With as little reason can a spirit of undue concession veil itself under the pretence of a more than ordinary piety. For this is a condition of mind and heart known only to God, and to ourselves, the parties whom it in effect regards. Some positive external fruits no doubt it has, which cannot easily be mistaken; but negatively, the absence of all ostentatious pretences to this habit of mind is among the principal. These justly create a suspicion of its not being the modest and retiring excellence of the Gospel. But piety, even where real, has no tendency to relax any one moral or religious obligation. It binds them all, on the contrary, still further on the mind and conduct by the habitual reference which it ensures to the source and arbiter of duty, and it infuses into forms a spirit and vigour that provide for their due observance, and render them effectual to the ends for which they have been instituted.—Pp. 8, 9.

We can only, in conclusion, recommend the above Charge to the careful and attentive perusal of the clergy in particular ; and also suggest to them to follow the example of Dr. Goddard, in devoting some time and attention, in order to make themselves acquainted with that portion of our municipal institutions, which it is equally their duty and their interest to understand.


The Protestant Cause, and other Poems.

By the Rev. C. R. ASHFIELD, one of
His Majesty's Justices of the Peace
for the County of Bucks. “Aylesbury,
J. May. 1829. 12mo. pp. 108.

It is but rarely that the poetical effusions of Divines on sacred subjects come, in the present day, under our review. Why, we stop not to inquire; whether it be that, indeed,

- Themes so high Mock the weak notes of mortal minstrelsy, or that the Clergy of our Church, in the exercise of a sound discretion, are apt to restrain rather than give the reins to fancy and imagination; certain at least it is, that there are now in Holy Orders few living Poets who have proved themselves worthy of the designation, or whose names, as such, are likely to descend with any great degree of reputation to posterity. To any deficiency of vivid feeling or poetic talent, this defalcation can scarcely be attributed with justice; the splendid passages which abound in the discourses of many of our best modern theologians forbid the conclusion; and, on the whole, we are inclined to think that practical utility being his grand object, the Clerical writer is naturally led to adopt the severer form of prosaic composition, as being the one best caleulated to enforce the great truths he is teaching, and, of course, affording greater facilities for promoting that object, than any instruction promulgated, however gravely, through the channel of metrical didactics. Instances to the contrary do, nevertheless, sometimes occur; and in the one before us Mr. Ashfield, while sending forth his “address," is avowedly acting upon the supposition that on extraordinary occasions extraordinary means are to be employed, and that a poem may make its way where a sermon would perhaps fail of attracting attention. That such are his motives we gather both from his preface and dedication, the latter of which is addressed to the Marquis of Chandos, a young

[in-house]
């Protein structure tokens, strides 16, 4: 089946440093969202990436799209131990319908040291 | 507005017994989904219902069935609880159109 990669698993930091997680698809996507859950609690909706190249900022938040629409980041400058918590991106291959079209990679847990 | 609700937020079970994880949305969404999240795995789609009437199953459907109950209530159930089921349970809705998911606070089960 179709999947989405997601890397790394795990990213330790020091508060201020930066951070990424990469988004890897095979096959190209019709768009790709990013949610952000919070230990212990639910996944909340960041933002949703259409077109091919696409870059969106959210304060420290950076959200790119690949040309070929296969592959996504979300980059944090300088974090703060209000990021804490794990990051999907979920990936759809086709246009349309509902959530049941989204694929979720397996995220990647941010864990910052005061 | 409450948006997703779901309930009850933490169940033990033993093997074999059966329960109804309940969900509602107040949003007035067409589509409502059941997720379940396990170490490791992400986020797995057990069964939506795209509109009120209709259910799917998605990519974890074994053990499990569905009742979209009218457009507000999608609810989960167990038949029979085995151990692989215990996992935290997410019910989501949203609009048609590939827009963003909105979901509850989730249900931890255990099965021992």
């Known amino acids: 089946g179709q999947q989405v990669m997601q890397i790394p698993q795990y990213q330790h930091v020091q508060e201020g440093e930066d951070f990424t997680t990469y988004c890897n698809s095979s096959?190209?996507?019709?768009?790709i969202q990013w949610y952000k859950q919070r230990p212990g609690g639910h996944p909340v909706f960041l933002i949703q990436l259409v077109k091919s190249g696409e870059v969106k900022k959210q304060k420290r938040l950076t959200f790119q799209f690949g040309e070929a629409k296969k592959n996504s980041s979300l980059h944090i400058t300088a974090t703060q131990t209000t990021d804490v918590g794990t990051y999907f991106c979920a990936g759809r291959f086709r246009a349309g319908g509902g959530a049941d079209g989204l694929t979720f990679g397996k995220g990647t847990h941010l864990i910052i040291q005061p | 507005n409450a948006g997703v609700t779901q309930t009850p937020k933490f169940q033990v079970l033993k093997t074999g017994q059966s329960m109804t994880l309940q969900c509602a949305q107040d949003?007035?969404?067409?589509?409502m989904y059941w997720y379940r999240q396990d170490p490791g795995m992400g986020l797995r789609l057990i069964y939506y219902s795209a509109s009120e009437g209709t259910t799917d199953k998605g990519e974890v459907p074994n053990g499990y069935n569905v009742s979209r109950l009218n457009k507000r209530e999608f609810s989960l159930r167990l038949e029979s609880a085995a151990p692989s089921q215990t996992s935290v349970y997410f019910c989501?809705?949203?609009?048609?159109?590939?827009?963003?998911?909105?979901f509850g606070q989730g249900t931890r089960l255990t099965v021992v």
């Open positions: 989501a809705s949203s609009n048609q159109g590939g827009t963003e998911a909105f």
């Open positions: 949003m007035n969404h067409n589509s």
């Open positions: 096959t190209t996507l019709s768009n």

nobleman who has so highly distinguished himself of late in the defence of Protestantism. We need scarcely add that Mr. Ashfield is a firm and uncompromising champion in the same cause ; to the execution of his selfimposed task he has brought a degree of talent decidedly above that mediocrity which, in poetry especially, both “gods and men” are said to "abhor," an ear correctly attuned to rhythm, a familiarity with his subject, and no want of either energy of diction or facility of expression. The Poem commences with a general reference to history for a refutation of that argument, false in fact, and inconclusive if true, so frequently insisted on by the advocates of what is called Catholic Emancipation, when they attempt to throw respectability on their tenets by claiming Alfred, and other popular characters in English history, as adherents to their opinions and professors of their faith. In exposing the falsehood of these pretensions, Mr. Ashfield is very happy, as well by the closeness of his reasoning as by the harmony of the numbers in which it is conveyed. We have not space sufficient to accompany him through the Poem, but must confine ourselves to the following extract, at once a proof of the author's freedom from the aerimony of intolerance, and a fair specimen of the general execution of his work : But in that Word, though we our faith

repose, Which, in defiance of their God, they close, With their belief, we war not-and if they Prefer the tinsel mockery of display To our pure Creed, we quarrel not with

them, Nor to eternal woe their souls condemn. If they can think the Godhead's power

divine Dwells in the bread, and mingles in the

wineIf they believe that men, in sins who live, To sinful man impunity can giveIf they imagine that one child of woe Indulgences on others can bestow; Or that a creature, plung'd in guilt and

shame, Superfluous righteousness can ever claim, are to be sought in this way, that is, of our fulfilling the conditions.- Pp. xiv. xv.

In idol-worship, if the knee they bow, And at the shrine in humble suppliance

vow: May God in mercy on their errors look, And pitying angels raze them from his

book! But here they rest not--they in wrath

presame To pass on others a tremendous doom, Who build their hopes on gospel-truth

alone, Nor bend with awe before the Papal throne. These frail inheritors of sin and dust League in their cause the holy and the just; And think the Saviour will approve the

deed, If slaughter'd hecatombs of martyrs bleed. The fire they kindle and unsheath the

sword In His great name, for wondrous love

adored, Who stoop'd from Heaven omnipotent to

heal The deadly wounds which suffering mortals

feel. There are some smaller poems attached to this volume not without merit, but which, from their subjects, do not come regularly under our consideration.

An Examination of St. Paul's Doctrine

respecting the Divinity of Christ, in which are noticed some of Mr. BelSHAM'S Arguments in his Translation and Exposition of St. Paul's Epistles. By the Rev. T. S. Hughes, B.D. late Fellow of Emmanuel College, Cambridge, Christian Advocate of that University, fc. Cambridge: Newby. 1828. 8vo. Pp. 77.